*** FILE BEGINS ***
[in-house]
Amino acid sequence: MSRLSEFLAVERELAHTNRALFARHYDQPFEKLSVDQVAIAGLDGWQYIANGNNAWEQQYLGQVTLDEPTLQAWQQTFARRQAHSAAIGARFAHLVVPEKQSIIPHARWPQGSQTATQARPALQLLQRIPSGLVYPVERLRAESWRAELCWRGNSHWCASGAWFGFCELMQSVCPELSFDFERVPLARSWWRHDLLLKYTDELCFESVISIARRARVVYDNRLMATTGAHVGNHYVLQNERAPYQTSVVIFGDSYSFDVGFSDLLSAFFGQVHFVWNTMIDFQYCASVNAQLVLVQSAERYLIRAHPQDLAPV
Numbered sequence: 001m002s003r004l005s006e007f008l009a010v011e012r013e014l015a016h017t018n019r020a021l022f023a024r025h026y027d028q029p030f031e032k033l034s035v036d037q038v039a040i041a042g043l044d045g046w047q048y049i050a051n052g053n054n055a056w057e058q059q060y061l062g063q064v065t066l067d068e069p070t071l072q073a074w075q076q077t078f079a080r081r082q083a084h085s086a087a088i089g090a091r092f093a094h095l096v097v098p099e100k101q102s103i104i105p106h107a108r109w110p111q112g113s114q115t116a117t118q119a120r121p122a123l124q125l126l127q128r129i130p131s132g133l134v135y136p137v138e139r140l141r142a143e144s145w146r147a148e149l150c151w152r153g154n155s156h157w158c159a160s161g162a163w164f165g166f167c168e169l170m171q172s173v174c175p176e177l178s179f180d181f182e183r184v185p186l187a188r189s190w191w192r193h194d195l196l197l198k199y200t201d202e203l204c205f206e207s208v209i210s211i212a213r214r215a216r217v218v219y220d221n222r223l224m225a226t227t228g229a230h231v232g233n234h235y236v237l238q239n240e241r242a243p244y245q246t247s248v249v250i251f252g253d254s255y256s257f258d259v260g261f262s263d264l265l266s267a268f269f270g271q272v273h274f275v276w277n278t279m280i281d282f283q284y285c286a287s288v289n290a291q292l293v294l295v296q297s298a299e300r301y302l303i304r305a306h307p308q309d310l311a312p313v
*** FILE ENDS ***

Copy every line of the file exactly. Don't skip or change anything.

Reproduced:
[in-house]
Amino acid sequence: MSRLSEFLAVERELAHTNRALFARHYDQPFEKLSVDQVAIAGLDGWQYIANGNNAWEQQYLGQVTLDEPTLQAWQQTFARRQAHSAAIGARFAHLVVPEKQSIIPHARWPQGSQTATQARPALQLLQRIPSGLVYPVERLRAESWRAELCWRGNSHWCASGAWFGFCELMQSVCPELSFDFERVPLARSWWRHDLLLKYTDELCFESVISIARRARVVYDNRLMATTGAHVGNHYVLQNERAPYQTSVVIFGDSYSFDVGFSDLLSAFFGQVHFVWNTMIDFQYCASVNAQLVLVQSAERYLIRAHPQDLAPV
Numbered sequence: 001m002s003r004l005s006e007f008l009a010v011e012r013e014l015a016h017t018n019r020a021l022f023a024r025h026y027d028q029p030f031e032k033l034s035v036d037q038v039a040i041a042g043l044d045g046w047q048y049i050a051n052g053n054n055a056w057e058q059q060y061l062g063q064v065t066l067d068e069p070t071l072q073a074w075q076q077t078f079a080r081r082q083a084h085s086a087a088i089g090a091r092f093a094h095l096v097v098p099e100k101q102s103i104i105p106h107a108r109w110p111q112g113s114q115t116a117t118q119a120r121p122a123l124q125l126l127q128r129i130p131s132g133l134v135y136p137v138e139r140l141r142a143e144s145w146r147a148e149l150c151w152r153g154n155s156h157w158c159a160s161g162a163w164f165g166f167c168e169l170m171q172s173v174c175p176e177l178s179f180d181f182e183r184v185p186l187a188r189s190w191w192r193h194d195l196l197l198k199y200t201d202e203l204c205f206e207s208v209i210s211i212a213r214r215a216r217v218v219y220d221n222r223l224m225a226t227t228g229a230h231v232g233n234h235y236v237l238q239n240e241r242a243p244y245q246t247s248v249v250i251f252g253d254s255y256s257f258d259v260g261f262s263d264l265l266s267a268f269f270g271q272v273h274f275v276w277n278t279m280i281d282f283q284y285c286a287s288v289n290a291q292l293v294l295v296q297s298a299e300r301y302l303i304r305a306h307p308q309d310l311a312p313v